Mal/non-functioning computer: Have you tried unplugging the computer (both from the wall AND from the PC at the same time … unplug both ends of the power cord) and leaving it off for at least 30 minutes before trying to restart the computer. May not work, but this often clears up problems that appear unsolvable. Also you may try reinstalling Windows (a “repair install”, not a complete one). From your description the problem appears to be software related rather than a hardware problem.

    Excel: ever try to develop a formula to determine the date Easter will occur in any given year?

    • Bufo Calvin Says:

      Thanks for writing, Harold!

      I’ll try your unplugging suggestion when I get home…thanks so much!

      I think I did have a formula (or function) for Easter…I’ll check later for you.

  6. Karen Says:

    Well, I would never want to be without a desktop pc for all of the obvious reasons you’ve mentioned. I will say though that I’ll also never again buy anything but an all in one. Prices are finally coming down and I love the “clutter freeness” of them. I feel I’m living large with 27″ HP all in one touch smart, a Kindle Fire HD and a Kindle Paperwhite. If I had it to do over though I’d go with HP or other brand all in one without touch. I really don’t use it and it would save money. I’ve been using Windows 8 since the release candidate and honestly love it using mouse and keyboard as usual. It isn’t really that hard. Took a few days to get used to but then it was back to business as usual. I use a laptop at work with a second monitor and really would prefer a desktop.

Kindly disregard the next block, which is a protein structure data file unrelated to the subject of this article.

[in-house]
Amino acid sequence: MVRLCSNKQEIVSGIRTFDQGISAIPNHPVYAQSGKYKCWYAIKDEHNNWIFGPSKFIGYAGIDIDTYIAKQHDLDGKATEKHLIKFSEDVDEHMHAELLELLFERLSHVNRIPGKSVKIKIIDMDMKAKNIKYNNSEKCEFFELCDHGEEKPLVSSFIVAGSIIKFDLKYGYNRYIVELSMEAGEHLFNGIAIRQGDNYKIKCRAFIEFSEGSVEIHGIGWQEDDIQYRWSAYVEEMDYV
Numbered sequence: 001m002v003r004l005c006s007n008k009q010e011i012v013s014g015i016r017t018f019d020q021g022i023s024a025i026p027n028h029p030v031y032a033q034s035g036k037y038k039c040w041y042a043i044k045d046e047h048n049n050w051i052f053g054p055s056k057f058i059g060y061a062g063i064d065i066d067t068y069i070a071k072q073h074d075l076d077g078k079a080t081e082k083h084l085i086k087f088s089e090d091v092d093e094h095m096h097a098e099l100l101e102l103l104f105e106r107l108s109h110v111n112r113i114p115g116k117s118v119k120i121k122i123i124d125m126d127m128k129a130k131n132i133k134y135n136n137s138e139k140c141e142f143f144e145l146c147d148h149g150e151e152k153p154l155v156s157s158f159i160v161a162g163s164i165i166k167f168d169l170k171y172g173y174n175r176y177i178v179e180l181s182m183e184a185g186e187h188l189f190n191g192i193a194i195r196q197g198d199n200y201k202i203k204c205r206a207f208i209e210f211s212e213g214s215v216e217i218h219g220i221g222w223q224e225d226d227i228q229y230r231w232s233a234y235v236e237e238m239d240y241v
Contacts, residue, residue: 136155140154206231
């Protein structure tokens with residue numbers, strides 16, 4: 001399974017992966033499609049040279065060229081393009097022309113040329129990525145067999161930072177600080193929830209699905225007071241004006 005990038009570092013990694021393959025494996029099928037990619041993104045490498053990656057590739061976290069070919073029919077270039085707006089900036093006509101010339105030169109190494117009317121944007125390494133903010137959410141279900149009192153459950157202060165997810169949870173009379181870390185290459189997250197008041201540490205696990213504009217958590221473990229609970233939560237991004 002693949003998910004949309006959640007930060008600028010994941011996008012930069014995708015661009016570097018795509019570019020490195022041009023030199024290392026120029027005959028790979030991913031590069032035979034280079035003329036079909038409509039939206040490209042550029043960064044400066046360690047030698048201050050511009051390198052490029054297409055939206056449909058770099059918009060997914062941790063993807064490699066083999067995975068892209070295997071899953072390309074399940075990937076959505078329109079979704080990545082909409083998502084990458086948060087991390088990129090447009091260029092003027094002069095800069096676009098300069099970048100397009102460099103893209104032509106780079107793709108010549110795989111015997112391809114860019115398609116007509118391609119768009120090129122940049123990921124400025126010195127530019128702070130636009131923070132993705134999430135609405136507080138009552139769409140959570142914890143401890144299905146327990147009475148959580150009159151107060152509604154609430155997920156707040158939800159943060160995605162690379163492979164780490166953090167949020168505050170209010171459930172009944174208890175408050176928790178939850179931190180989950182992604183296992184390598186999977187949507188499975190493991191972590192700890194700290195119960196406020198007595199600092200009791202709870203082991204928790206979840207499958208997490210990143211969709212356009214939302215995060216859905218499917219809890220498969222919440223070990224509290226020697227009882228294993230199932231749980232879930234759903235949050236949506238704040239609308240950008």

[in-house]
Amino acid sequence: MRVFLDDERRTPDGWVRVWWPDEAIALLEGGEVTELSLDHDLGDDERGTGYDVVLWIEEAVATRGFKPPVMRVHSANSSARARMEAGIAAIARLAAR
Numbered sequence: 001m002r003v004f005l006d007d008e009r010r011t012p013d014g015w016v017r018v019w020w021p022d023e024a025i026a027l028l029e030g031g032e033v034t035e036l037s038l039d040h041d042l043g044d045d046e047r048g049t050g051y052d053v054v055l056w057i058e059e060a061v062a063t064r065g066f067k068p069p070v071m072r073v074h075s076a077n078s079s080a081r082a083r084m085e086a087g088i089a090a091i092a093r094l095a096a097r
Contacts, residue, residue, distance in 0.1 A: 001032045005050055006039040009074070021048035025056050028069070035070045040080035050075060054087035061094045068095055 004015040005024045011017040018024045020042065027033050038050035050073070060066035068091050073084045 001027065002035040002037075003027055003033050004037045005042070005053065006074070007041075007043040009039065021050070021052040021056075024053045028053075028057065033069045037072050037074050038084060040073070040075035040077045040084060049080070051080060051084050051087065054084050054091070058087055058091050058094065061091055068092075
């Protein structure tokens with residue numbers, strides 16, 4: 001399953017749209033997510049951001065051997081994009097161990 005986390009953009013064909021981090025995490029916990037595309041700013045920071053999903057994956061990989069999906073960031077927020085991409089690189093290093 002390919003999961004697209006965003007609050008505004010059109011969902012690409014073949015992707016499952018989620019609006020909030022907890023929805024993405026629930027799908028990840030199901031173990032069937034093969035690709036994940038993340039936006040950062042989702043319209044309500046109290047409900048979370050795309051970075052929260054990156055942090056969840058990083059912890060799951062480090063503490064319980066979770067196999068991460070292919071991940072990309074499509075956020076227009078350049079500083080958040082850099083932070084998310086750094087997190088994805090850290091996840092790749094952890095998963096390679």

7. MikeOnBike Says:

    Pretty much everything I do on a computer happens in a web browser: mail, calendar, etc. I can do many of those things on my Fire, either in the Fire’s web browser or with an app, but it’s often slower and clumsier than using a computer web browser.

    My main computer is a Chromebook, but we have other computers in the house (Windows and Linux).

    Hooking an external display to a Chromebook (or your netbook) might be a good quick solution for you.

  8. alan Says:

    invest in a good surge suppressor like the top-rated Tripp Light. they have saved me thousands from a lightning strike. was your pc protected?

  9. wickedgreensmoothies Says:

    what about the new surface tablet by microsoft? it looks pretty cool is small and has two different kind of keyboards. mabye a desktop replacement??

  10. JJ Hitt Says:

    We don’t have a desktop. We have a docking station (that mates with both laptops), a monitor and keyboard.